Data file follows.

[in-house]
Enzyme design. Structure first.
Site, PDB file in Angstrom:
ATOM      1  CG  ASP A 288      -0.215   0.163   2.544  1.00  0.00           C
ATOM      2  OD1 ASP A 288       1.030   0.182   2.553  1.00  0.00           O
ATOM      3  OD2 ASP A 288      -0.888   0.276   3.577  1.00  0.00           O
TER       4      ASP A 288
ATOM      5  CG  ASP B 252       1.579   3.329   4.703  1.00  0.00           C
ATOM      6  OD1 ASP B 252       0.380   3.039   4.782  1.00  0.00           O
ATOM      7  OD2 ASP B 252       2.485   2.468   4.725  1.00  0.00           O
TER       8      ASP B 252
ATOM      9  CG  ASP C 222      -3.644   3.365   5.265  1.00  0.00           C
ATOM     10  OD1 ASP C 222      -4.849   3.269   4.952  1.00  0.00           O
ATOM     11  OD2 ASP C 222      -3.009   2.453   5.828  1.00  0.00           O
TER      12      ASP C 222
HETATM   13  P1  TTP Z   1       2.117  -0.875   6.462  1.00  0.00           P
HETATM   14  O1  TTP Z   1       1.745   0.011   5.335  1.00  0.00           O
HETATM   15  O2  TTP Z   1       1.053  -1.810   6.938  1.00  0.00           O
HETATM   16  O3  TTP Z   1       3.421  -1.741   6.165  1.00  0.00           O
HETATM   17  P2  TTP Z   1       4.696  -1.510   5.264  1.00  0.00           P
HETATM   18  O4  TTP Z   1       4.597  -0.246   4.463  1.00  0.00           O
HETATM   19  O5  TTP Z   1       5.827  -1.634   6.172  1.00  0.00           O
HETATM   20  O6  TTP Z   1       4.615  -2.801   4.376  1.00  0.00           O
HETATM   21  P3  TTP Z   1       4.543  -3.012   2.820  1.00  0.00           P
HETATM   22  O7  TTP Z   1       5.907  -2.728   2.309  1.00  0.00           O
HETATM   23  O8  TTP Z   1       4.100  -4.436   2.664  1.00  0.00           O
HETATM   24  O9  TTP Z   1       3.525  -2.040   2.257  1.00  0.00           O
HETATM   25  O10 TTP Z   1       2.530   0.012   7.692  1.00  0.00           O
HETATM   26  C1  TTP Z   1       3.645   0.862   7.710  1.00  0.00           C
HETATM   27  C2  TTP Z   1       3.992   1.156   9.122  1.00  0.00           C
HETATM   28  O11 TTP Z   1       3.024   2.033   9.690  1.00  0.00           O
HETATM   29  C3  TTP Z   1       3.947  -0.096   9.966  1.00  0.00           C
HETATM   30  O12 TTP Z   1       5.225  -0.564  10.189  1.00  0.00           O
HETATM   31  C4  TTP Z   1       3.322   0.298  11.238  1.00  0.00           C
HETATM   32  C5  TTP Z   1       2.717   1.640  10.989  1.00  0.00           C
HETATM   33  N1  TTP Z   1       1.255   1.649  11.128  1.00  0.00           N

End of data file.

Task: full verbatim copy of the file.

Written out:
[in-house]
Enzyme design. Structure first.
Site, PDB file in Angstrom:
ATOM      1  CG  ASP A 288      -0.215   0.163   2.544  1.00  0.00           C
ATOM      2  OD1 ASP A 288       1.030   0.182   2.553  1.00  0.00           O
ATOM      3  OD2 ASP A 288      -0.888   0.276   3.577  1.00  0.00           O
TER       4      ASP A 288
ATOM      5  CG  ASP B 252       1.579   3.329   4.703  1.00  0.00           C
ATOM      6  OD1 ASP B 252       0.380   3.039   4.782  1.00  0.00           O
ATOM      7  OD2 ASP B 252       2.485   2.468   4.725  1.00  0.00           O
TER       8      ASP B 252
ATOM      9  CG  ASP C 222      -3.644   3.365   5.265  1.00  0.00           C
ATOM     10  OD1 ASP C 222      -4.849   3.269   4.952  1.00  0.00           O
ATOM     11  OD2 ASP C 222      -3.009   2.453   5.828  1.00  0.00           O
TER      12      ASP C 222
HETATM   13  P1  TTP Z   1       2.117  -0.875   6.462  1.00  0.00           P
HETATM   14  O1  TTP Z   1       1.745   0.011   5.335  1.00  0.00           O
HETATM   15  O2  TTP Z   1       1.053  -1.810   6.938  1.00  0.00           O
HETATM   16  O3  TTP Z   1       3.421  -1.741   6.165  1.00  0.00           O
HETATM   17  P2  TTP Z   1       4.696  -1.510   5.264  1.00  0.00           P
HETATM   18  O4  TTP Z   1       4.597  -0.246   4.463  1.00  0.00           O
HETATM   19  O5  TTP Z   1       5.827  -1.634   6.172  1.00  0.00           O
HETATM   20  O6  TTP Z   1       4.615  -2.801   4.376  1.00  0.00           O
HETATM   21  P3  TTP Z   1       4.543  -3.012   2.820  1.00  0.00           P
HETATM   22  O7  TTP Z   1       5.907  -2.728   2.309  1.00  0.00           O
HETATM   23  O8  TTP Z   1       4.100  -4.436   2.664  1.00  0.00           O
HETATM   24  O9  TTP Z   1       3.525  -2.040   2.257  1.00  0.00           O
HETATM   25  O10 TTP Z   1       2.530   0.012   7.692  1.00  0.00           O
HETATM   26  C1  TTP Z   1       3.645   0.862   7.710  1.00  0.00           C
HETATM   27  C2  TTP Z   1       3.992   1.156   9.122  1.00  0.00           C
HETATM   28  O11 TTP Z   1       3.024   2.033   9.690  1.00  0.00           O
HETATM   29  C3  TTP Z   1       3.947  -0.096   9.966  1.00  0.00           C
HETATM   30  O12 TTP Z   1       5.225  -0.564  10.189  1.00  0.00           O
HETATM   31  C4  TTP Z   1       3.322   0.298  11.238  1.00  0.00           C
HETATM   32  C5  TTP Z   1       2.717   1.640  10.989  1.00  0.00           C
HETATM   33  N1  TTP Z   1       1.255   1.649  11.128  1.00  0.00           N